NewsNational NewsScripps News

Actions

USDA warns some ready-to-eat salads, wraps may contain deer feces

Five different kinds of premade salads and wraps were affected due to contaminated lettuce.
USDA warns some ready-to-eat salads, wraps may contain deer feces
Posted at 9:18 AM, Aug 10, 2023

The U.S. Department of Agriculture’s Food Safety and Inspection Service issued a public health alert this week warning that some ready-to-eat salads and wraps may contain lettuce contaminated with deer feces. 

The Food Safety and Inspection Service said there have not been any reported illnesses from the products. Officials said the problem was discovered when an establishment notified the Food Safety and Inspection Service that its lettuce supplier was issuing a recall. 

There were five different products affected, the Food Safety and Inspection Service said. Those products include:

- 8.65-oz. plastic film packages containing “Chicken Caesar Wrap FRESH SEASONS Kitchen” with lot code 21323 and 21423 and Sell By dates of 8/9/2023 and 8/10/2023.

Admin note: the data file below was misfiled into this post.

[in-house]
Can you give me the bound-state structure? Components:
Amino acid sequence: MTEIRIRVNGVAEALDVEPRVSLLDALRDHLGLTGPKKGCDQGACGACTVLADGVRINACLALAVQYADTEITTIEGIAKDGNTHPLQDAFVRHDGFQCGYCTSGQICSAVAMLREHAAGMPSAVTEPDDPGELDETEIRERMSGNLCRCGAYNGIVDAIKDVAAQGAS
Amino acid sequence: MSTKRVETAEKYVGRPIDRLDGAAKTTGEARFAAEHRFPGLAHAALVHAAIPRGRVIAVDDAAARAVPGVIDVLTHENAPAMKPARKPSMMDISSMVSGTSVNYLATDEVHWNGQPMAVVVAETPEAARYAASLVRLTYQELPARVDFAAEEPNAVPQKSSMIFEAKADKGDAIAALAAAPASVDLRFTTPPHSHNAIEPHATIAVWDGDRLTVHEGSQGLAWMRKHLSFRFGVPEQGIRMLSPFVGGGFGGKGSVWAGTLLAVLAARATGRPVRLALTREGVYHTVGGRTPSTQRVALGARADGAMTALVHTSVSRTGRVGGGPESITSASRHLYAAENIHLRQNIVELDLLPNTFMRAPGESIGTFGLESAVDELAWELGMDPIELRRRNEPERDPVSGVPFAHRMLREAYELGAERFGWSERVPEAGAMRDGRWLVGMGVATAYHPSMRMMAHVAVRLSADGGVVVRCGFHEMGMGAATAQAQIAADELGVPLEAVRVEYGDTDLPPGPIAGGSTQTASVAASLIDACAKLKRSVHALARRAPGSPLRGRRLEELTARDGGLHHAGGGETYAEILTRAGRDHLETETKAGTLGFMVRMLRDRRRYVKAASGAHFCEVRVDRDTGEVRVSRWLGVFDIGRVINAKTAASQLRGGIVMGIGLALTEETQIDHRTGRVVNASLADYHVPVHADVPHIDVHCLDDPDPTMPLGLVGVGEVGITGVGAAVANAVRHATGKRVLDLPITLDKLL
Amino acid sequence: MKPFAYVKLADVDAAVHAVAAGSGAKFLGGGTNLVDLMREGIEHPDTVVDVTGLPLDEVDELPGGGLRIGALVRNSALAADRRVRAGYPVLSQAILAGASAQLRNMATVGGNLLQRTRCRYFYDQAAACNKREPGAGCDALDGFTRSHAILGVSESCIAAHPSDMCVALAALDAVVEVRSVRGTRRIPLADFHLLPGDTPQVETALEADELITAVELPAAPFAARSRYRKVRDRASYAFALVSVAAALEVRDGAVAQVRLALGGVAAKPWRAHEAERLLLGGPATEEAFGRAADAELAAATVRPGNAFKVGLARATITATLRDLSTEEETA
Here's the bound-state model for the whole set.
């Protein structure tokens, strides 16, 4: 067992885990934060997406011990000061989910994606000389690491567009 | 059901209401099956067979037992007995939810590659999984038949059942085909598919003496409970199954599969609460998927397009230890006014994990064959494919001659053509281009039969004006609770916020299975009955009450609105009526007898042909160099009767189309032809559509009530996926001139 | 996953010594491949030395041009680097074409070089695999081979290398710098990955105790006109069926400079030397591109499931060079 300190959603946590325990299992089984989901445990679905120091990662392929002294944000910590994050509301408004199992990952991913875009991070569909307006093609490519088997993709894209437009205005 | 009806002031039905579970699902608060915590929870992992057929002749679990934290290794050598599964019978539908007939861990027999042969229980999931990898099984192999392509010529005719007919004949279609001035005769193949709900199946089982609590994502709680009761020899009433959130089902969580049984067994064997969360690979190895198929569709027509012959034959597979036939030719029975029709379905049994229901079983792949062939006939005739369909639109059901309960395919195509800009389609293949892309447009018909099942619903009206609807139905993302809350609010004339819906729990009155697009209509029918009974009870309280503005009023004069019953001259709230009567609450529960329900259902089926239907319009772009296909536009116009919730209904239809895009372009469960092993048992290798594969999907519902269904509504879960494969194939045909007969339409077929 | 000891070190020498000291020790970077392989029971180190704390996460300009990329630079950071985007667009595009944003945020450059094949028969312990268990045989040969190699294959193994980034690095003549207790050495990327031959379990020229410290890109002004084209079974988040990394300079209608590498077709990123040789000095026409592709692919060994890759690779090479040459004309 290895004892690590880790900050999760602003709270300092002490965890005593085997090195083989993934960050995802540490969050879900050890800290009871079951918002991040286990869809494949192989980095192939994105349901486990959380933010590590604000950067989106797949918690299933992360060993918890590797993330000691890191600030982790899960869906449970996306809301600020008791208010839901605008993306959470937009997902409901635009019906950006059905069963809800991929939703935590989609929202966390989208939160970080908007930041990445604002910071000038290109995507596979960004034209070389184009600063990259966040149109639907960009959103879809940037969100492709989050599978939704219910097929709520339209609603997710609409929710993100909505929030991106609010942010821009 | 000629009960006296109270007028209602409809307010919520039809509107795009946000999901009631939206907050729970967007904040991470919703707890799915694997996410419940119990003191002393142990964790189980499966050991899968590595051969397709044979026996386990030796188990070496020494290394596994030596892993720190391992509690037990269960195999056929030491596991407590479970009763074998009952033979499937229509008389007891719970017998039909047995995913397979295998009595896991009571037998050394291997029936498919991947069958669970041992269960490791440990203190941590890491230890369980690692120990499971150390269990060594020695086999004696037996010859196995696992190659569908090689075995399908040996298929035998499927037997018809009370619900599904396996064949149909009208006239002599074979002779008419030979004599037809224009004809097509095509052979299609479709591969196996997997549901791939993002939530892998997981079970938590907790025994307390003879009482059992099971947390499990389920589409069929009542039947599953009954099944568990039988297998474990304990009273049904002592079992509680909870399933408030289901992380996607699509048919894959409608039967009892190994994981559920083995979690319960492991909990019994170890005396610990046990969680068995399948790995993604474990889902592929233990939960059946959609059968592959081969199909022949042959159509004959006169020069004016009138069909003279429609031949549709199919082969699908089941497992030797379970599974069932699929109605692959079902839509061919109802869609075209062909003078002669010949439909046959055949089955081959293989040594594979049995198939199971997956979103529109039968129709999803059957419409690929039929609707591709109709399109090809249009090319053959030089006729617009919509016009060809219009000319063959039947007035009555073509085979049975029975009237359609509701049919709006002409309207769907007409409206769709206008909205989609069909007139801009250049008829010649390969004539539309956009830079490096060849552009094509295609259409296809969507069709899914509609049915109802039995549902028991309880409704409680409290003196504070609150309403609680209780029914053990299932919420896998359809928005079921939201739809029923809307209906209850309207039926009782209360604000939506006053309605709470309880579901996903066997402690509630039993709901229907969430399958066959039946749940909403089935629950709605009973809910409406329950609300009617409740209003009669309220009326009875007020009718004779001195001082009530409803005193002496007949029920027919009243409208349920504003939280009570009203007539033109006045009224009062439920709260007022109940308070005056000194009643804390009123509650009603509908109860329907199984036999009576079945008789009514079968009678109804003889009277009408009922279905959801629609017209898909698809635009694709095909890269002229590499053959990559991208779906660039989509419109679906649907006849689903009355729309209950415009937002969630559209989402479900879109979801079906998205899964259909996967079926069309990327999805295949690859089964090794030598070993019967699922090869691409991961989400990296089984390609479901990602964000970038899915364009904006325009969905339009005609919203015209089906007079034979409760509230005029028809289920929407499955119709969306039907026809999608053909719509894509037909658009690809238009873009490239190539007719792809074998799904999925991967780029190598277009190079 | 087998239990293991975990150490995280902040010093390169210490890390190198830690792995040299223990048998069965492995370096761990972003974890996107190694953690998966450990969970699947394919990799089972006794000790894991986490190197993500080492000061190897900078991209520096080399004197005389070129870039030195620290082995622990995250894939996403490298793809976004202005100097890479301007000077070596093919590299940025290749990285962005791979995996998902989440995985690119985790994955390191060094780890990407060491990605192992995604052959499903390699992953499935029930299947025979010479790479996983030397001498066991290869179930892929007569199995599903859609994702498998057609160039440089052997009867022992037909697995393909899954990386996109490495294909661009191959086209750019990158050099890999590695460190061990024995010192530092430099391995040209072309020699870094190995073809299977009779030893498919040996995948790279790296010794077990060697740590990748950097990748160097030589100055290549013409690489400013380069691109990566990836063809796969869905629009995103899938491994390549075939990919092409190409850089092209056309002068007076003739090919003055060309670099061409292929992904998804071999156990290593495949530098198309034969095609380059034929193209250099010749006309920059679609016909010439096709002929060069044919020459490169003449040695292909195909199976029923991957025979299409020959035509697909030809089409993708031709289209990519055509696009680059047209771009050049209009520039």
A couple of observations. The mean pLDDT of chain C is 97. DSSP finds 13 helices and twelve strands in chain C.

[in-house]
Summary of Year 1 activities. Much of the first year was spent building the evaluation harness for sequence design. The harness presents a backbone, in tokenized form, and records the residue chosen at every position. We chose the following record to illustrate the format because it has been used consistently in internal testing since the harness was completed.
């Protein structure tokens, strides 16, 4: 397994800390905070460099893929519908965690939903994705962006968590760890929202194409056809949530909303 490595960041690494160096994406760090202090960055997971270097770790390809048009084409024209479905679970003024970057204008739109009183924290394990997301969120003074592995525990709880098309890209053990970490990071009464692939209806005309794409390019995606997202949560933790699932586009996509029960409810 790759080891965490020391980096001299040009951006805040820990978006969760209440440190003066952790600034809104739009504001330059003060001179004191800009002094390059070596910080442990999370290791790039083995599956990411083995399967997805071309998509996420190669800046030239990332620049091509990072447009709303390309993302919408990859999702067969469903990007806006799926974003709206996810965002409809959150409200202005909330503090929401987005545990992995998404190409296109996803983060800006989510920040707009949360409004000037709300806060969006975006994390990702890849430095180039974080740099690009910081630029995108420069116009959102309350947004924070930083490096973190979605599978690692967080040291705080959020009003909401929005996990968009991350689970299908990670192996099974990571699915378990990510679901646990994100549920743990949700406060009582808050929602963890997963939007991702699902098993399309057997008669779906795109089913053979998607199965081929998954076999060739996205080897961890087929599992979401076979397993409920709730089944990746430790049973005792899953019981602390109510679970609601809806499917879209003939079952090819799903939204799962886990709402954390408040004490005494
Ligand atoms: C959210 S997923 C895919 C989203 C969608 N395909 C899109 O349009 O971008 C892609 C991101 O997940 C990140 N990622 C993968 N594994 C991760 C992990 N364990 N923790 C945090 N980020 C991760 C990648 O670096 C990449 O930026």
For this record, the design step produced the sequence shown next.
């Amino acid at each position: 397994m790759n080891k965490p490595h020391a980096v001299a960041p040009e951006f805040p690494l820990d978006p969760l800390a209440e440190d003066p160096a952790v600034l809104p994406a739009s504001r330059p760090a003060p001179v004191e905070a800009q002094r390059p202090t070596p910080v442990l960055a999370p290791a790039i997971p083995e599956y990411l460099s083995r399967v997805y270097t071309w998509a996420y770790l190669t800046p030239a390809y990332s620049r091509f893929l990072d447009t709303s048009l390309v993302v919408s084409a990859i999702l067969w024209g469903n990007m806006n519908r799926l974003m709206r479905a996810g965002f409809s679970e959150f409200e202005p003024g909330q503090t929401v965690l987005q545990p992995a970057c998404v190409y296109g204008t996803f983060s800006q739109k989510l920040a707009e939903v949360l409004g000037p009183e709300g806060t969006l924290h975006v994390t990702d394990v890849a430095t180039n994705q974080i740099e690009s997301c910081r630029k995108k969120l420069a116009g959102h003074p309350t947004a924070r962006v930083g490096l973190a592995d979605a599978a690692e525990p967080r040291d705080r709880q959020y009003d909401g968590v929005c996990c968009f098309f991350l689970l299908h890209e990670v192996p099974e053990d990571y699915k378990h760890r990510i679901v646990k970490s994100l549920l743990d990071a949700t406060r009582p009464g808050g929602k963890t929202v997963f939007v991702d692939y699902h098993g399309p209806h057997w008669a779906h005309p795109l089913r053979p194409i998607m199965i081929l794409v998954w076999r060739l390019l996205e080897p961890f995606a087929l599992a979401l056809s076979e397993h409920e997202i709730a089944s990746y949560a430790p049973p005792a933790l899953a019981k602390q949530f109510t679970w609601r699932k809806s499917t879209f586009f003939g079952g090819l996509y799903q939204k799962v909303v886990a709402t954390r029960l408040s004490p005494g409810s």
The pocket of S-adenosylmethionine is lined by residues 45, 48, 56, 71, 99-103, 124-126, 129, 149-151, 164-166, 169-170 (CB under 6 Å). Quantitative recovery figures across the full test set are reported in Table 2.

- 7.2-oz. plastic film packages containing “Chicken Caesar Wrap FRESH SEASONS Kitchen” with lot code 21323 and Fresh Thru date of 8/10/2023.

- 8.5-oz. plastic clam shell packages containing “Chicken Caesar Salad FRESH SEASONS Kitchen” with lot code 21323 and Fresh Thru date of 8/9/2023.

- 8.55-oz. plastic clam shell packages containing “Chef Salad FRESH SEASONS Kitchen” with lot codes 21323 and 21423 and Sell By dates of 8/9/2023 and 8/10/2023.

- 5.85-oz. plastic clam shell packages containing “Bacon, Lettuce and Tomato Salad FRESH SEASONS Kitchen” with lot codes 21323 and 21423 and Sell By dates of 8/9/2023 and 8/10/2023.

SEE MORE: Mosquitos carrying infectious diseases are becoming harder to kill

Consumers with these products are urged not to consume them. 

Officials have said in the past that deer feces can cause illnesses in humans. In 2011, an E. coli outbreak was linked to strawberries contaminated with deer feces. Officials said 15 people became ill eating the contaminated strawberries. 


Trending stories at Scrippsnews.com